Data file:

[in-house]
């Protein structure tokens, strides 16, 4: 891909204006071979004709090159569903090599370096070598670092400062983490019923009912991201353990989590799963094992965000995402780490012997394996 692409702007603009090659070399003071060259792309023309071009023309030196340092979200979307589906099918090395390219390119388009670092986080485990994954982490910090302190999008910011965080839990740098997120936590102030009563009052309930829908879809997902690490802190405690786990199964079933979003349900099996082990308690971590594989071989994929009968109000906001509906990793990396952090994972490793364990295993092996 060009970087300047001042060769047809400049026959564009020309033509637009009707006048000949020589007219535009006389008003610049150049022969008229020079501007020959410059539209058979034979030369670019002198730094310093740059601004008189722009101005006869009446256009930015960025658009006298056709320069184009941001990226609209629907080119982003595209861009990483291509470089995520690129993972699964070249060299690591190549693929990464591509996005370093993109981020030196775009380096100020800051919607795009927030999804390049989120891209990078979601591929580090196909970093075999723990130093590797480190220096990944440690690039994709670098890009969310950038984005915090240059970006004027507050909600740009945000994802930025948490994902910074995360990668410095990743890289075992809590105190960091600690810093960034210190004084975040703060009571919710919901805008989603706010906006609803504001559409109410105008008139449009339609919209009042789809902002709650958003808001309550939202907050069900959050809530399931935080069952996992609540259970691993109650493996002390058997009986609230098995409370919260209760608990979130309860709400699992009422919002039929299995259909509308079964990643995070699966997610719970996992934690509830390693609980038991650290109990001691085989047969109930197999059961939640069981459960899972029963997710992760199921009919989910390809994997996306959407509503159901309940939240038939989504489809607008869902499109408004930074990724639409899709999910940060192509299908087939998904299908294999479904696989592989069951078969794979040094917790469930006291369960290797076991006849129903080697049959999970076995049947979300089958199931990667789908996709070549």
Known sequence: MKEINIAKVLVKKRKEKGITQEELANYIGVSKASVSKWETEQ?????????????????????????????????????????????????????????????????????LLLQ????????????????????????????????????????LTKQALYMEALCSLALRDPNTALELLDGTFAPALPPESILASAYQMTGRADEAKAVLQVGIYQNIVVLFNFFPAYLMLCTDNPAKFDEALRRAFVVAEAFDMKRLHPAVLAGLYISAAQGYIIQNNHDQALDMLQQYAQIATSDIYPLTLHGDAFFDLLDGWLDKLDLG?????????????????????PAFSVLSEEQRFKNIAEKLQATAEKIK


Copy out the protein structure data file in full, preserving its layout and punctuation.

[in-house]
């Protein structure tokens, strides 16, 4: 891909204006071979004709090159569903090599370096070598670092400062983490019923009912991201353990989590799963094992965000995402780490012997394996 692409702007603009090659070399003071060259792309023309071009023309030196340092979200979307589906099918090395390219390119388009670092986080485990994954982490910090302190999008910011965080839990740098997120936590102030009563009052309930829908879809997902690490802190405690786990199964079933979003349900099996082990308690971590594989071989994929009968109000906001509906990793990396952090994972490793364990295993092996 060009970087300047001042060769047809400049026959564009020309033509637009009707006048000949020589007219535009006389008003610049150049022969008229020079501007020959410059539209058979034979030369670019002198730094310093740059601004008189722009101005006869009446256009930015960025658009006298056709320069184009941001990226609209629907080119982003595209861009990483291509470089995520690129993972699964070249060299690591190549693929990464591509996005370093993109981020030196775009380096100020800051919607795009927030999804390049989120891209990078979601591929580090196909970093075999723990130093590797480190220096990944440690690039994709670098890009969310950038984005915090240059970006004027507050909600740009945000994802930025948490994902910074995360990668410095990743890289075992809590105190960091600690810093960034210190004084975040703060009571919710919901805008989603706010906006609803504001559409109410105008008139449009339609919209009042789809902002709650958003808001309550939202907050069900959050809530399931935080069952996992609540259970691993109650493996002390058997009986609230098995409370919260209760608990979130309860709400699992009422919002039929299995259909509308079964990643995070699966997610719970996992934690509830390693609980038991650290109990001691085989047969109930197999059961939640069981459960899972029963997710992760199921009919989910390809994997996306959407509503159901309940939240038939989504489809607008869902499109408004930074990724639409899709999910940060192509299908087939998904299908294999479904696989592989069951078969794979040094917790469930006291369960290797076991006849129903080697049959999970076995049947979300089958199931990667789908996709070549």
Known sequence: MKEINIAKVLVKKRKEKGITQEELANYIGVSKASVSKWETEQ?????????????????????????????????????????????????????????????????????LLLQ????????????????????????????????????????LTKQALYMEALCSLALRDPNTALELLDGTFAPALPPESILASAYQMTGRADEAKAVLQVGIYQNIVVLFNFFPAYLMLCTDNPAKFDEALRRAFVVAEAFDMKRLHPAVLAGLYISAAQGYIIQNNHDQALDMLQQYAQIATSDIYPLTLHGDAFFDLLDGWLDKLDLG?????????????????????PAFSVLSEEQRFKNIAEKLQATAEKIK